January 4, 2021 - National Museum of Modern and Contemporary Art, Gwacheon - Olympic Effect: Korean Architecture and Design from 1980s to 1990s
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January 4, 2021

National Museum of Modern and Contemporary Art, Gwacheon

Choi Yongjoon, 37°31'19.3_N 126°57'34.3_E, 2020.

Olympic Effect: Korean Architecture and Design from 1980s to 1990s
December 17, 2020–April 11, 2021

National Museum of Modern and Contemporary Art, Gwacheon
313 Gwangmyeong-ro, Gwacheon-si
13829 Gyeonggi-do
South Korea
Hours: Tuesday–Sunday 10am–6pm,
Saturday 10am–9pm

T +82 2 2188 6000

www.mmca.go.kr
Facebook / Twitter / Instagram / Instagram / YouTube

Olympic Effect: Korean Architecture and Design from 1980s to 1990s
December 17, 2020–April 11, 2021

National Museum of Modern and Contemporary Art, Gwacheon
313 Gwangmyeong-ro, Gwacheon-si
13829 Gyeonggi-do
South Korea
Hours: Tuesday–Sunday 10am–6pm,
Saturday 10am–9pm

T +82 2 2188 6000

www.mmca.go.kr
Facebook / Twitter / Instagram / Instagram / YouTube

Artists: Choi Yongjoon, Diagonal Thoughts (Kim Sara), Sunwoo Hoon, Gary Hustwit, Jin Dallae & Park Woohyuk, Koo Bohnchang, Kwon Minho, Lee Manik, Seoul Model Shop, seoulstage, texture on texture

Cooperation: 212 Company, Asia Culture Institute

Since 2010, the National Museum of Modern and Contemporary Art, Korea (MMCA) has carried out various programs to lay the foundation of Korean architectural and design history. The MMCA accordingly presents the exhibition Olympic Effect: Korean Architecture and Design from 1980s to 1990s, which examines the rapid changes that occurred in Korea’s visual and material culture throughout the 1980s and 1990s. Taking “Olympic effect” as its keyword, the exhibition revisits the architectural events and design objects that appeared as a result of the 1988 Seoul Olympics and reveals their multiple layers of meaning. As a major international event, the Olympics marked a seismic shift in all areas of Korean society. The exhibition turns the spotlight away from the Olympics itself to shine on the overlapping scenes of the event’s preparation, exploring the urban development, environmental design, architecture, industrial design, and graphic design both prompted and ironically streamlined by the Olympics.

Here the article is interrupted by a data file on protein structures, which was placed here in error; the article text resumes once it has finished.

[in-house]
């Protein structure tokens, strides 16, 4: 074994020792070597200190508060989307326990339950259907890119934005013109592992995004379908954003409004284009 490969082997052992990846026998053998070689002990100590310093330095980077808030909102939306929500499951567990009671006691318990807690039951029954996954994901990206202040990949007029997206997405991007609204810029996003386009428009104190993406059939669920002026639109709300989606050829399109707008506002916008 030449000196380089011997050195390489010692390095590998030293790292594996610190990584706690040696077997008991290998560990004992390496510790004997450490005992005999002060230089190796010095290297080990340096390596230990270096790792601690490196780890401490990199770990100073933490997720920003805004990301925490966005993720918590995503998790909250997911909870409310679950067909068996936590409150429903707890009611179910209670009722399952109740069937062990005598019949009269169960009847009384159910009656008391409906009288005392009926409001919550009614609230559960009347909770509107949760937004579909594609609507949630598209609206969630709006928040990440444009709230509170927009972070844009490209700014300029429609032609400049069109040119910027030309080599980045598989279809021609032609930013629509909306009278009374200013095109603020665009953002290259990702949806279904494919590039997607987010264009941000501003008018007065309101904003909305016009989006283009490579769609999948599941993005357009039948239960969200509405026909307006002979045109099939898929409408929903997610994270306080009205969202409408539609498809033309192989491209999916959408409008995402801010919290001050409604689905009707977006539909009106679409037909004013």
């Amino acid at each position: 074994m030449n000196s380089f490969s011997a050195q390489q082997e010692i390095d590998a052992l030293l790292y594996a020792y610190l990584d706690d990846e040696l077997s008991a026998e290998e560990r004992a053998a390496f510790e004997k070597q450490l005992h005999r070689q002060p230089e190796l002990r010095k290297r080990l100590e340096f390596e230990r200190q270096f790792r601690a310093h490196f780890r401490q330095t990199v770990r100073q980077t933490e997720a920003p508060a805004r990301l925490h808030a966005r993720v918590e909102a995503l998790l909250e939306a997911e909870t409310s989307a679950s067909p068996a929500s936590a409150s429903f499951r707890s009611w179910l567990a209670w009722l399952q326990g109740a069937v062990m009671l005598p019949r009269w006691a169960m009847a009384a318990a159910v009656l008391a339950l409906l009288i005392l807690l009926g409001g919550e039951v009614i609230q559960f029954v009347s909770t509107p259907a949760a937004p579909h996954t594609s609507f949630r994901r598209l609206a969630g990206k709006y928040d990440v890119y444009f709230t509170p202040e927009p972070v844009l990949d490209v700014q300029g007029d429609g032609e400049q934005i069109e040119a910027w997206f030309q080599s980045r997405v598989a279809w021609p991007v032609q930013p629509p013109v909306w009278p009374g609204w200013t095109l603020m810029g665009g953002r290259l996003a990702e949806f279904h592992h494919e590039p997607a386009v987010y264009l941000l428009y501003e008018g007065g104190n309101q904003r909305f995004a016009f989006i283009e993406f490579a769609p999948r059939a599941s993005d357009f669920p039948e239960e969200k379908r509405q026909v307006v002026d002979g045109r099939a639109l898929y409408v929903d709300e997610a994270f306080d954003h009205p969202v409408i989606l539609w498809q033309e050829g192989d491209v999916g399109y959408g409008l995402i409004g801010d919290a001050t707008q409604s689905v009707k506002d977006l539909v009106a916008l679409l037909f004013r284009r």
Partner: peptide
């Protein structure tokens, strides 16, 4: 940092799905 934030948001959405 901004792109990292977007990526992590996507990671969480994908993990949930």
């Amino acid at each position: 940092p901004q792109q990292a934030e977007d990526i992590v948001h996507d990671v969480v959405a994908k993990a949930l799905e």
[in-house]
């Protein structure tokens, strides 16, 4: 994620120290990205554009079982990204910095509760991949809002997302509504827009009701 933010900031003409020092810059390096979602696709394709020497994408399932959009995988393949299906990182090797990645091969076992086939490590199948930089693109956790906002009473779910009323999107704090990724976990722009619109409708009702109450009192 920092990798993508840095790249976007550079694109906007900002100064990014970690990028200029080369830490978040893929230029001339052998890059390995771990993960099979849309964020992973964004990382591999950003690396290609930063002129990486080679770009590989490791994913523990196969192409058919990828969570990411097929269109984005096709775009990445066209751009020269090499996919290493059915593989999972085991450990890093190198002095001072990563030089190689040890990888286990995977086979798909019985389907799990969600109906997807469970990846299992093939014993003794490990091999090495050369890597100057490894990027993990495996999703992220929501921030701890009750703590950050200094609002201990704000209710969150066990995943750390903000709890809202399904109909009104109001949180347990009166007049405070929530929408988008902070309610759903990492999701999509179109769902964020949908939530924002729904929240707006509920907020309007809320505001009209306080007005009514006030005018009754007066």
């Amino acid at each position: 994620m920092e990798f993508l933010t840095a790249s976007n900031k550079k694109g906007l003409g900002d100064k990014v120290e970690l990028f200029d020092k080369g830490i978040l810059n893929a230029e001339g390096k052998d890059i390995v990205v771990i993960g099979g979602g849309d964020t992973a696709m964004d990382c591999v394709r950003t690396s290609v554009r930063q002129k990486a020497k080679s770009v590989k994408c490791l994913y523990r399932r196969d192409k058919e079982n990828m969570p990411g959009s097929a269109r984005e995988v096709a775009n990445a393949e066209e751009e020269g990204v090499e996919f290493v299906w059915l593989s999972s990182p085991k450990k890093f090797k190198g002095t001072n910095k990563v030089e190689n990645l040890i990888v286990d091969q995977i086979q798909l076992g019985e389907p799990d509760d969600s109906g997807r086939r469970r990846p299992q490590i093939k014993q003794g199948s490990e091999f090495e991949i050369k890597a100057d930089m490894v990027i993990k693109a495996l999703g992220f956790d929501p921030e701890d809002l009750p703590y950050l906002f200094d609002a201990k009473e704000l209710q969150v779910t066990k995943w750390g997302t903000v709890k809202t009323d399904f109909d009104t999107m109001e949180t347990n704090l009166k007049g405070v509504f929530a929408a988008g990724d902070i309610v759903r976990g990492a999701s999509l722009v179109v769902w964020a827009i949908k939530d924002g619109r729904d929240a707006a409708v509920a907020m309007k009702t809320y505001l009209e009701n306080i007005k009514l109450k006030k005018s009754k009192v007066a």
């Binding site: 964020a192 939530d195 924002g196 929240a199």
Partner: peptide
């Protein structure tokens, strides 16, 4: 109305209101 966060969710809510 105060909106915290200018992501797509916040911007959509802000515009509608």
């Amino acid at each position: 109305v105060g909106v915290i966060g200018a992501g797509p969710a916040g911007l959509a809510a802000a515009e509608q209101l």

The legacy of the Olympics permeates our daily lives in various ways that defy physical or statistical measurement. This is shown in how the exhibition’s archival display of the era’s visual culture, material culture, and artifacts uncovers the process of how and by whom they were produced and accepted. The exhibition also retraces the work of designers and architects who remained in practice amid the social transformation of the 1980s and 1990s. Also on display are reinterpretations of these archival materials expressed in newly commissioned artworks.

International events such as the Tokyo Olympics originally planned for 2020 are now contending with COVID-19. The staggering costs, environmental destruction, and social exclusion caused by large-scale development cast a shadow that accompanies the Olympics. Overcoming the past dichotomies of national-international, old-new, vanished-remaining, the exhibition explores the conditions for understanding and recording the present age. The MMCA invites all visitors to discover the multilayered practices of Korean contemporary architecture and design leading up to and following the 1988 Seoul Olympics.

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